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Idiopathic Thrombocytopenia Purpura
(ITP) in Adults
Idiopathic thrombocytopenia purpura (ITP) is a condition that causes low platelets. Platelets are small cells that
circulate in the blood that are responsible for preventing bleeding and bruising. Patients with low platelets are at risk of bruising and rarely, serious bleeding.
What causes ITP?
We do not exactly know what causes ITP. In children we think ITP occurs after a viral infection when the immune
system become over active. We do not think this is always the case with ITP. In adult patients, the increase in bruising and bleeding is usually slow in onset (in children it usually comes on very suddenly after a viral infection). How common is ITP?
ITP in adults is uncommon; it occurs in approximately 1 in every 16,000 adults per year. This equals about 1500 -
2000 cases of ITP in adult patients each year in Victoria. Many of these cases occur in females between 20 – 40 What are the main problems with having ITP?
Platelets are small cells that stop bleeding and bruising. The normal level of platelets in the blood is 150 000 – 400
000 per ml of blood. These small cells become very sticky when there is a cut or there is a bruise and stop the rest of the blood cells leaking; the platelets form a plug stopping further bleeding. If a patient has low platelets then they are at risk of increasing bruising or bleeding. Generally this is not a major problem unless the platelets are less than 30 000 per ml of blood.
How high is the risk of bruising and bleeding?
Most patients with ITP experience only a mild increase in bruising. Some patients may develop small pin point spots
of bleeding on the skin called petechiae. Other patients may get more extensive bruising and sometimes bleeding involving the lining of the mouth and nose (mucosal bleeding). Rarely patients may have bleeding in the bowel. The most serious complication of ITP is bleeding into the brain. The risk of bleeding into the brain is very low.
Does ITP get better?
Although many cases of ITP in adult patients do not get better, the majority of cases do not need any treatment; one
study involving 150 adult patients monitored over 10 years showed 93% of patients had an “adequate” platelet count of greater than 30 000 within 2 years from diagnosis; the vast majority of these patients achieved this platelet count What is the treatment for ITP?
Treatment is generally only recommended when there is more significant bleeding; often bleeding from the
mouth or nose. This is always assessed on an individual basis and will need to be discussed with your doctor. The treatment available is known to increase the platelet count BUT does not alter the underlying condition. Clinical and laboratory trained haematologists providing comprehensive laboratory investigation and clinical management for patients with haematological disorders. 2012 Melbourne Haematology The most common treatments are1. Prednisolone – this is a steroid medication that is thought to act by slowing down the immune system. Treatment in adult patients is often for a couple of weeks (up to four weeks) days only. Most children tolerate prednisolone very well but side effects include increased appetite, sometimes sleep can be a bit disturbed and some children can experience some irritability. If prednisolone is used for a longtime (many weeks at a time), thinning of the bones may occur.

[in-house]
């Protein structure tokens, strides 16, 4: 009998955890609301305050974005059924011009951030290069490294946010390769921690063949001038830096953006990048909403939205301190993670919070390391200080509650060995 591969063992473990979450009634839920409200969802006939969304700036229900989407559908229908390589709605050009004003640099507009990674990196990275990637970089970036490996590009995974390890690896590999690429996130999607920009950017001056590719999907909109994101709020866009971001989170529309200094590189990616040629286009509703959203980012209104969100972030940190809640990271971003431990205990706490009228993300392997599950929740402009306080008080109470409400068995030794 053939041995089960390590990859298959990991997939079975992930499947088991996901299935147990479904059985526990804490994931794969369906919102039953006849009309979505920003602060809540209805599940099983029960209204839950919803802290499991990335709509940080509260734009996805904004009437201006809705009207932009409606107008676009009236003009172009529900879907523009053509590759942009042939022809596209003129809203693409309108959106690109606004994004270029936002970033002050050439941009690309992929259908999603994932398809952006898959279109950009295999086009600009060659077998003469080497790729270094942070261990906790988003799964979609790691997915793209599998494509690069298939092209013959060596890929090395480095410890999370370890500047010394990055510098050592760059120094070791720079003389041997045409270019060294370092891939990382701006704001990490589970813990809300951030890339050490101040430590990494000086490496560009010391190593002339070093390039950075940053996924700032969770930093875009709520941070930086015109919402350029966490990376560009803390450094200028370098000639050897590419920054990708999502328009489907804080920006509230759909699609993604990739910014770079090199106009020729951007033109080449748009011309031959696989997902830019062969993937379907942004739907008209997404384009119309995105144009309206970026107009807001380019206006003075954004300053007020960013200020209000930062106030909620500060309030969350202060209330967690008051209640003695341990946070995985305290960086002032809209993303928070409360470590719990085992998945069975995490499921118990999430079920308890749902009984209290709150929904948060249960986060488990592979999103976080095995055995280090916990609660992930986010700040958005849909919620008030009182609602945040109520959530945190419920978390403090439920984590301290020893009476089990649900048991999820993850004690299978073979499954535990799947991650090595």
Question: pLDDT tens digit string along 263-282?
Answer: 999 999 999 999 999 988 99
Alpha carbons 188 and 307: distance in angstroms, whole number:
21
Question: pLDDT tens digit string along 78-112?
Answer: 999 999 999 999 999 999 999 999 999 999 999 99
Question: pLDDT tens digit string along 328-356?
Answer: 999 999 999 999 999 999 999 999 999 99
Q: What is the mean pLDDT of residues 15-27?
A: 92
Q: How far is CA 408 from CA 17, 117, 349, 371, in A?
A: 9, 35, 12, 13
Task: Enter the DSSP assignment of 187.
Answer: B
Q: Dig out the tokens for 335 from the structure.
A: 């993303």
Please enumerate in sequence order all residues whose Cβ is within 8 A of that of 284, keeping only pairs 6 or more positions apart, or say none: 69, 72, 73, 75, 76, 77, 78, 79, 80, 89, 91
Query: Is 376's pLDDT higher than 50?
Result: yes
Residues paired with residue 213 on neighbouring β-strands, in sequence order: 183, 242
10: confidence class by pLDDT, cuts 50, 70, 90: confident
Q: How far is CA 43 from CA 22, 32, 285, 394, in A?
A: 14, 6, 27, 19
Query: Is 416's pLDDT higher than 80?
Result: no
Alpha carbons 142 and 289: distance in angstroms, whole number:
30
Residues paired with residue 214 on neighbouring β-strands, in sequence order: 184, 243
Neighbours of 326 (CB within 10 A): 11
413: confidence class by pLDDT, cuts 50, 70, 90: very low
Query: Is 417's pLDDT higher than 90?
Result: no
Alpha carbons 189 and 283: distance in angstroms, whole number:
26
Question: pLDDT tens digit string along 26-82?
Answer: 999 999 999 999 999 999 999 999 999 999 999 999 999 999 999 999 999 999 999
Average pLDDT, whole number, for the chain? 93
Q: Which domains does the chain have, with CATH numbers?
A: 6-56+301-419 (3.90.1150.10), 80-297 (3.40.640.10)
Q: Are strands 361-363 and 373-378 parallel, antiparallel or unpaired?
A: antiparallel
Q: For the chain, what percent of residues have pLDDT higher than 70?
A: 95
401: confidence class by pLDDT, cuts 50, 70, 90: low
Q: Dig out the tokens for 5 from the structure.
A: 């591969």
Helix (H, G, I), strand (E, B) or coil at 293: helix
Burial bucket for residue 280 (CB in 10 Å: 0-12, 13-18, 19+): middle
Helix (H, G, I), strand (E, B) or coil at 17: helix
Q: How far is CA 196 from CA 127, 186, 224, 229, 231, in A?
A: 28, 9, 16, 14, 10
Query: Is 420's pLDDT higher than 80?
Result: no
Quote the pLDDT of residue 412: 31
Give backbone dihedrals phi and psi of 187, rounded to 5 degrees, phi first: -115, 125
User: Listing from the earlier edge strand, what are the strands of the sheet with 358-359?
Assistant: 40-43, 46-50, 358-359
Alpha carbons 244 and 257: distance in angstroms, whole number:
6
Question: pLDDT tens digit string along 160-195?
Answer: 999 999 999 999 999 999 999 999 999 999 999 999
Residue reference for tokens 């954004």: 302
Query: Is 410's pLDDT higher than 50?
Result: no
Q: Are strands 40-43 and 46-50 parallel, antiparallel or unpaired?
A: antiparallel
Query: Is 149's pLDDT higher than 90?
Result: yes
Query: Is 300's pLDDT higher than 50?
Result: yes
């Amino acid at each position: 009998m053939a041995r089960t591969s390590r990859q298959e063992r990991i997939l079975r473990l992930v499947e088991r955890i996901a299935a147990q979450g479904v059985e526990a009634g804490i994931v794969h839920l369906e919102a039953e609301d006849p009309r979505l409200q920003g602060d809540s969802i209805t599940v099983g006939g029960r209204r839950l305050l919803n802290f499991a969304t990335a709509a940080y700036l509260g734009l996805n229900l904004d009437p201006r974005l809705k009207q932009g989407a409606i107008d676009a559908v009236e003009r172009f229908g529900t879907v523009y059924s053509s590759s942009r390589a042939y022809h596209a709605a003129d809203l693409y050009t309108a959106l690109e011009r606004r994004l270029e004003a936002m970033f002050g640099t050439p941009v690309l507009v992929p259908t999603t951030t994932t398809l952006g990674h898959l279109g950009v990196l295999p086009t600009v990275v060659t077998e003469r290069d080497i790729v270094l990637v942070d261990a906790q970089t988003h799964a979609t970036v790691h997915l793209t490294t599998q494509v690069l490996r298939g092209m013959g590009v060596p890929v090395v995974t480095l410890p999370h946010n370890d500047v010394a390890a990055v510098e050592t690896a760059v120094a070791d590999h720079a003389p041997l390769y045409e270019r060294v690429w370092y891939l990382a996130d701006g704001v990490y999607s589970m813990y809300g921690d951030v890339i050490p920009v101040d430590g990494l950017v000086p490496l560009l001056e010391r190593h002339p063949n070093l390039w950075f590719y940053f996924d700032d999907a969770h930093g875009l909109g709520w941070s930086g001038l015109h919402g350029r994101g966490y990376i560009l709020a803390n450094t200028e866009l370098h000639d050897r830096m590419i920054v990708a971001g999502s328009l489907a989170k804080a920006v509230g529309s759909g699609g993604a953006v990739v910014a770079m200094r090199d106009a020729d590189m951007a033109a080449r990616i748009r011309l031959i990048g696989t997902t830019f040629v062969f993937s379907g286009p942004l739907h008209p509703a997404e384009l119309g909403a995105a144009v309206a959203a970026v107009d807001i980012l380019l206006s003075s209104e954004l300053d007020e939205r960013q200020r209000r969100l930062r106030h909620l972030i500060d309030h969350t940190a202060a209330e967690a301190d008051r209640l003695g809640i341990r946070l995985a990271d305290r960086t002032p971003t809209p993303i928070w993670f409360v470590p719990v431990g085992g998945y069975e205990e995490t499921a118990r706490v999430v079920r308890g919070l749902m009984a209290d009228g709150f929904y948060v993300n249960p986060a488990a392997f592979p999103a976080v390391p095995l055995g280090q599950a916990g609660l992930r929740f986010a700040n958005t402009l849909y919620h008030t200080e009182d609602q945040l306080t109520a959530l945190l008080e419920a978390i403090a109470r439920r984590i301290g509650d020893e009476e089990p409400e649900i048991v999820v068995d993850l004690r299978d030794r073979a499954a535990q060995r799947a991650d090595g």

2. IVIG – this is a blood product consisting of concentrated antibodies. The antibodies are thought to work by tricking the patient’s immune system. IVIG has to be given by an intravenous infusion (through a drip) and takes a few hours. Patients need to be admitted to hospital for the day for this to take place. Side effects are uncommon but include feeling like having had the “flu”. This usually lasts for a day or two only.
3. Splenectomy – this is a surgical procedure where the spleen is removed. The spleen is part of the immune system and is thought to be the organ involved in “removing” the platelets from the blood stream. Splenectomy is usually done only after the above treatments have been shown not to work and the patient is still having major problems with bruising and bleeding. It is important to have special vaccinations at least 2 weeks prior to a splenectomy. Patients may also be advised to have daily antibiotics after a splenectomy to reduce the incidence of infection.
What else do I need to do?
Regular blood tests and review with your doctor is generally all that is required – remember most patients with ITP
get better; it may just take a bit longer in some patients. There is a support group for patients with ITP available at Resources used to produce this information sheet.
BCSH General Haematology Taskforce “Guidelines on the investigation and management of idiopathic thrombocytopenia purpura in adults, children and in pregnancy”. BJH 2003 574 - 596 FURTHER QUESTIONS?
The information presented in this fact sheet is intended For additional information about blood disorders and their treatment, or to contact one of our specialist Patients should seek further advice and information haematologists, visit the Melbourne Haematology website: about ITP in adults and their individual condition from their treating haematologist or doctor.
Clinical and laboratory trained haematologists providing comprehensive laboratory investigation and clinical management for patients with haematological disorders. 2012 Melbourne Haematology


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